Glass. Vests. Pantyhose?
Pantyhose are the latest item to go bulletproof, courtesy of Sheertex, a Y Combinator company that has no tolerance for rips and tears. Naturally Grit Daily caught up with founder and CEO Katherine Homuth — who has piled up a list of accolades including one of the “Women to Watch in Wearables,” one of Canada’s “Top 100 Most Powerful Women” and one of Flare’s “Sixty Under 30.”
With two exits under her belt, she shares everything you’d want to know about Sheertex. Begun the wearables war has.
Grit Daily: You’ve had your own interesting entrepreneurial background. Share that.
Katherine Homuth: I have always wanted to be an entrepreneur and have been starting companies since high school. My first venture backed startup was ShopLocket, an ecommerce platform for hardware products, which was acquired in 2014 by global manufacturing and design company PCH International.
I went on to do some angel investing, and started an organization called Female Funders, an online education platform dedicated to increasing the number of female angel investors. I sold that company to Highline Beta in 2017. After those two experiences I was excited about the idea of building a physical product, it didn’t have to be a connected device, just a product that solved a big problem for a lot of people. That’s how I stumbled upon the idea of a pair of pantyhose that wouldn’t rip or tear, and Sheertex was born.
GD: Bulletproof material for pantyhose. Don’t you think we’re going a bit too far?
KH: It didn’t start with the material, it started with the problem.
I wanted to develop a pair of sheer pantyhose that wouldn’t rip or tear but creating the strongest sheer pantyhose in the world was no easy feat. All of the fibers on the market today are either strong or sheer, not both. After a year of research and development, we developed a proprietary fiber, the patent pending Sheertex knit, that’s strong, flexible and sheer—but it was almost too strong. Regular machinery couldn’t handle the fiber, so our team developed a proprietary manufacturing process built to withstand the strength of the material without compromising the wearability of the end product. To be clear though, our Sheertex sheers are not bulletproof, they are simply made with the same polymer that’s found in bulletproof vests.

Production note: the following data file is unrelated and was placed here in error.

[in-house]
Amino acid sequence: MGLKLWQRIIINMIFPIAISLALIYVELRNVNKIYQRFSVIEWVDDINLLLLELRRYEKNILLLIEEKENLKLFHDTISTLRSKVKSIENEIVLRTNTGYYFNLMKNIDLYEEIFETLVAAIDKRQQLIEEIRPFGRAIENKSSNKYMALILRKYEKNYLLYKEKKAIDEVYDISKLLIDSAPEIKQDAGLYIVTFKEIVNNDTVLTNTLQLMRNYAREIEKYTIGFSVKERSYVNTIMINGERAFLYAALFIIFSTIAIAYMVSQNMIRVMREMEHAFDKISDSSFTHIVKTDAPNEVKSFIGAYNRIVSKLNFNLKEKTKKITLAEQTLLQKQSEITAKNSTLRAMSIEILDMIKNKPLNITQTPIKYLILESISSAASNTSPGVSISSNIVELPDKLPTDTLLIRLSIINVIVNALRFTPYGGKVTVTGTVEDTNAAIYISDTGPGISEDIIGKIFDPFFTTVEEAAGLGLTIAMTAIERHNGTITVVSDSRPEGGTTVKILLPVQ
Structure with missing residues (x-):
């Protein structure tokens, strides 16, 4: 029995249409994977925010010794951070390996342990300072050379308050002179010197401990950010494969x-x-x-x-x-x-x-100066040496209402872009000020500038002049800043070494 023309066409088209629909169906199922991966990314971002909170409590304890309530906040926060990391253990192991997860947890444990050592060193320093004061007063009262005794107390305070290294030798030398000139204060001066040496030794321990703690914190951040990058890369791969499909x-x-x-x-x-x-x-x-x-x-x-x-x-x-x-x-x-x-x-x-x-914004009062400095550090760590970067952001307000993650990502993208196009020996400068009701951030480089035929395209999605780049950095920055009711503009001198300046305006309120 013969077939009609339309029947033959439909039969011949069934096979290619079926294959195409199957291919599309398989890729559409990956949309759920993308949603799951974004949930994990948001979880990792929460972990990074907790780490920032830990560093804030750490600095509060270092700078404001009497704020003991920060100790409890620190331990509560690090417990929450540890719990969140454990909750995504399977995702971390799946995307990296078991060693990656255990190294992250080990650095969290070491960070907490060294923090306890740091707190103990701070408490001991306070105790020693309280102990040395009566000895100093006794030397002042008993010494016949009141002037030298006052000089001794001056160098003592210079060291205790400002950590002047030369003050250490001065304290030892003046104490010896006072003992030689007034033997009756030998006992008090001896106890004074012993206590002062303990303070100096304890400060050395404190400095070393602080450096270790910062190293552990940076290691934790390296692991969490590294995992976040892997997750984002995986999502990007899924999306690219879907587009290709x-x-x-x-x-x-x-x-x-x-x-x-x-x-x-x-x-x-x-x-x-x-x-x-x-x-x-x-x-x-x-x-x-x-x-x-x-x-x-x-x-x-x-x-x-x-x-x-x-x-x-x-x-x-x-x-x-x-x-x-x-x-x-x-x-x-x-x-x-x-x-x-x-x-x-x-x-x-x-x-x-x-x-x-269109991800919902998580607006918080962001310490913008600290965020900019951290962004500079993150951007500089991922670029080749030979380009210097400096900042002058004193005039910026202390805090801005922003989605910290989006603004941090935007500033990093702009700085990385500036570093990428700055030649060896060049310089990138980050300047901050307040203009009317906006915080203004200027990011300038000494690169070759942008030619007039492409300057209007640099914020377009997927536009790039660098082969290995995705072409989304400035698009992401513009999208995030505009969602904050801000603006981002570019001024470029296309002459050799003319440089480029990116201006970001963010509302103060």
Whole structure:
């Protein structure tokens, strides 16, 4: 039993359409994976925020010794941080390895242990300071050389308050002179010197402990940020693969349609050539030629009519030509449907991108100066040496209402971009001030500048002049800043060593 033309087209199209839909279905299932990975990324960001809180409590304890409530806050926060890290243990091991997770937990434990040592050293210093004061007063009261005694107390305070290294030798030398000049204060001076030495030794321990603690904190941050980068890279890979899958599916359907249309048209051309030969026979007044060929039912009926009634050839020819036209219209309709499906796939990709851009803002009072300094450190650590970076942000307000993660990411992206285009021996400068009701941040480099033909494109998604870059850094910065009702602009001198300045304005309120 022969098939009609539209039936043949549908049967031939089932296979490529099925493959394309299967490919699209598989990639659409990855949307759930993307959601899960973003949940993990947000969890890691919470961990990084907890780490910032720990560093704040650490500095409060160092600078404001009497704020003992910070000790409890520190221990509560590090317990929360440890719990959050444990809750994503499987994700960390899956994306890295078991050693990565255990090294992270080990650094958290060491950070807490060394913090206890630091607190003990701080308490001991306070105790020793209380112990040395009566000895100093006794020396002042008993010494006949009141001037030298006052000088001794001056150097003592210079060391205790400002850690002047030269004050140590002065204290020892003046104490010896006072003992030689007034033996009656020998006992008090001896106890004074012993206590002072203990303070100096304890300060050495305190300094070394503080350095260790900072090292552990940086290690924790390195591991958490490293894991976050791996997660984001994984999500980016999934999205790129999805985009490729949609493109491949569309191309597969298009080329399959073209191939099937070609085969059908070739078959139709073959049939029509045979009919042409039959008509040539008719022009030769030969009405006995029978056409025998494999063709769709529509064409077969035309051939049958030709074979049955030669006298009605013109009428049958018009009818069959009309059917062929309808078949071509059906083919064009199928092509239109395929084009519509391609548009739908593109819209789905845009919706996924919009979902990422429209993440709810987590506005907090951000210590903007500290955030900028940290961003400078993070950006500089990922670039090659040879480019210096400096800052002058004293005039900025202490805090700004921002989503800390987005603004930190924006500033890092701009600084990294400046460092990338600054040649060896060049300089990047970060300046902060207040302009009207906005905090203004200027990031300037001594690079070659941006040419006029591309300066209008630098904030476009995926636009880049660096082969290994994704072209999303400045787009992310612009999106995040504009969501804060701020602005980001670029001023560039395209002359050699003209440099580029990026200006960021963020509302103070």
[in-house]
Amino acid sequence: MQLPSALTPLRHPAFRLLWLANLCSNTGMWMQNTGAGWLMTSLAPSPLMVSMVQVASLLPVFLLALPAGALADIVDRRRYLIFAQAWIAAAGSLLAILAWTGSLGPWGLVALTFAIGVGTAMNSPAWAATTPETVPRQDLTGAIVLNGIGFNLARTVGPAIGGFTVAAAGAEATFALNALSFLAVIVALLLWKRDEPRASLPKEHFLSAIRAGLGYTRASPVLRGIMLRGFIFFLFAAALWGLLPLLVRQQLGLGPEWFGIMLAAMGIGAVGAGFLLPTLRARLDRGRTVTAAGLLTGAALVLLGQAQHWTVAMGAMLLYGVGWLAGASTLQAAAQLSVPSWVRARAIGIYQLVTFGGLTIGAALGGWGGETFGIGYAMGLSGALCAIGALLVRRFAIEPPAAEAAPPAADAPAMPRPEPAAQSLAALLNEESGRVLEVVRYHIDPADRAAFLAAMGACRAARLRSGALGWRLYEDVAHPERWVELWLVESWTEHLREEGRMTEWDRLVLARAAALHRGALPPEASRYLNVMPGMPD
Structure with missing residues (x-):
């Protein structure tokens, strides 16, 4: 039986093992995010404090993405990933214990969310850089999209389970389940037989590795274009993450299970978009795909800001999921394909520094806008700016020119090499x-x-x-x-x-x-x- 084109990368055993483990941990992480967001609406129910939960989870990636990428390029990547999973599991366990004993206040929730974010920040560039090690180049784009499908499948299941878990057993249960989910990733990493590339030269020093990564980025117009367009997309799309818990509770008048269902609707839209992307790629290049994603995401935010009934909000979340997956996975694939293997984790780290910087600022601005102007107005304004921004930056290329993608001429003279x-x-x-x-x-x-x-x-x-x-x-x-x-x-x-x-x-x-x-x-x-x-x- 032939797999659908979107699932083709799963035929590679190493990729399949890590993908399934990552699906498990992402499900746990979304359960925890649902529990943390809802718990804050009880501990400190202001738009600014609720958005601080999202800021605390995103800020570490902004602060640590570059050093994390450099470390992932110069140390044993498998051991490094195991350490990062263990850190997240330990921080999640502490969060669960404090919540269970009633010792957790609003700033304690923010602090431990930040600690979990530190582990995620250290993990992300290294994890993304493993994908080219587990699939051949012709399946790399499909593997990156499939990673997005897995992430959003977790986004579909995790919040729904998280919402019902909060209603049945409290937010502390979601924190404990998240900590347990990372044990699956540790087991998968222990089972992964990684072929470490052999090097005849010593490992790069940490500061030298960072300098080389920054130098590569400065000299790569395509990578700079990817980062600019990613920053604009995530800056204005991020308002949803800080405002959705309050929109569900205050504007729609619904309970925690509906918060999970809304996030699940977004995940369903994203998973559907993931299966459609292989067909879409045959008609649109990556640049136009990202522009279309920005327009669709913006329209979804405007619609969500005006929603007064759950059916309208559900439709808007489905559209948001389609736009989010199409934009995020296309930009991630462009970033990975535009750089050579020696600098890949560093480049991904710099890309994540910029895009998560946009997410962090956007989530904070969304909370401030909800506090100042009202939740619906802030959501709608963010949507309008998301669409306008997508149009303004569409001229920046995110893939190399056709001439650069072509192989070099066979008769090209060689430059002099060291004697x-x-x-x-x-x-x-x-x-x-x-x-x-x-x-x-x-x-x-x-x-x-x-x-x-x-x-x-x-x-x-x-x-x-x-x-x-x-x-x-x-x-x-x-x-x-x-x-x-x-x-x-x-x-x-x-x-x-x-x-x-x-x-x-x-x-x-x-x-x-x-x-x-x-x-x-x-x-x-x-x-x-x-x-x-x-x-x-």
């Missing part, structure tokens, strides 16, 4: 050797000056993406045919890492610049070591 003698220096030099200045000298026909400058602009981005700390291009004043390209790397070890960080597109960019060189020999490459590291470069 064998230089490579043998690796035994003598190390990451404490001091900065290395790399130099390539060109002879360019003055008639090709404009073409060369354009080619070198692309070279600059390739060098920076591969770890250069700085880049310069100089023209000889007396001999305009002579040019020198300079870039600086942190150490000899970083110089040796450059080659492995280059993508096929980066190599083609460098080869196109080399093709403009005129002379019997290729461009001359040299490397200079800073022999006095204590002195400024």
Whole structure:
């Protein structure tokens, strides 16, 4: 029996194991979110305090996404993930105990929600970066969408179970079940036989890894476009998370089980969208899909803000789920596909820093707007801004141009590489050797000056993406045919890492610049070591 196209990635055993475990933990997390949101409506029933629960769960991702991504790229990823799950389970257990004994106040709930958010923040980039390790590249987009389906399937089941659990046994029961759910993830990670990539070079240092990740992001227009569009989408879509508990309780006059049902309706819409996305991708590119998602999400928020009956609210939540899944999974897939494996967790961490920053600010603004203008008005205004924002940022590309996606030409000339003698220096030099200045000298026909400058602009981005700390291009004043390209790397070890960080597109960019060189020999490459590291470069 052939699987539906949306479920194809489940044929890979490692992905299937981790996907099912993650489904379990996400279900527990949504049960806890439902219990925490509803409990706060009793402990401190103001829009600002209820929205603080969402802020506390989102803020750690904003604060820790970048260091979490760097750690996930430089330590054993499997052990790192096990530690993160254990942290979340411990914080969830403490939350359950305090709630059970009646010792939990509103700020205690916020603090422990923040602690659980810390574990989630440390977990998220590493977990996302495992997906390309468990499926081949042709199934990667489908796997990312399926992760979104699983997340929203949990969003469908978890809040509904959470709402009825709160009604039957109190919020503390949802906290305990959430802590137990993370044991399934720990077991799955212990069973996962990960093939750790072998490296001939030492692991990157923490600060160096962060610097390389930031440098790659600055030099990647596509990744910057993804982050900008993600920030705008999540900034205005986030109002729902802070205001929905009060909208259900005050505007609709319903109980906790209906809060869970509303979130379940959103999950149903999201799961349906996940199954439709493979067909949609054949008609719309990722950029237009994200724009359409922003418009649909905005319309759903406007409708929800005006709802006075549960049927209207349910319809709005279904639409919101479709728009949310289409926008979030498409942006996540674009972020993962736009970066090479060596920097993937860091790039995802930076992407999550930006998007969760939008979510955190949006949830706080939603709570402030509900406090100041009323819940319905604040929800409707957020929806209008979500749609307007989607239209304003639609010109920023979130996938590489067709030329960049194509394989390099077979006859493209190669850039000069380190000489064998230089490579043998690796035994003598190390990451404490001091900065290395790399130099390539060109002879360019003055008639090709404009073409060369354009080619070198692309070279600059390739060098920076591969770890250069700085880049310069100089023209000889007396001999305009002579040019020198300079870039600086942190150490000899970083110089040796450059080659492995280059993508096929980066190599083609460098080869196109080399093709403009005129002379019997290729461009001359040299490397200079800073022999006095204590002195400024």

GD: Has there been interest in your product from regions from which you didn’t expect it?
KH: Our sales have been from all over the world. About half our sales are in the US, 25% in Canada, and the rest are spread across dozens of countries around the world. It turns out pantyhose ripping and tearing is truly a global problem!
GD: What’s behind the name (and former name)?
KH: Sheertex is the name of our knit, the world’s first sheer knit made from Ultra High Molecular Weight Polyethylene. We’ve found since developing this knit for pantyhose that the knit can be used for so much more than just pantyhose. It’s that realization that has moved us away from the Sheerly Genius brand and into Sheertex as a larger textile technology brand. The Sheerly Genius name came from the sentiment that a pair of sheers that wouldn’t rip or tear would be sheer genius! I still love this brand, it just made sense for us to streamline our efforts in all product categories under Sheertex.
GD: How was Y Combinator?
KH: Y Combinator was a great experience! I had applied for my first startup and didn’t get past the interview stage, so I thought I’d give it a shot again with this company. I’m very glad I did. The program really helped establish us as a technology company, not just a fashion brand. It is also a great support network, and gives companies access to a super supportive investor group. It’s also led us to some really amazing accomplishments that our whole team is very proud of, like being selected as one of TIME Magazine’s top invention of 2018.
GD: What do men understand least about pantyhose?
KH: I think men get the problem of pantyhose as much, if not more, than most women! So many of our customers are men buying for their wife, girlfriend, sister or friend. They’ve experienced the annoyance of a loved one ripping their sheers. Oftentimes they were the one that had to go out and buy a back-up pair at the store!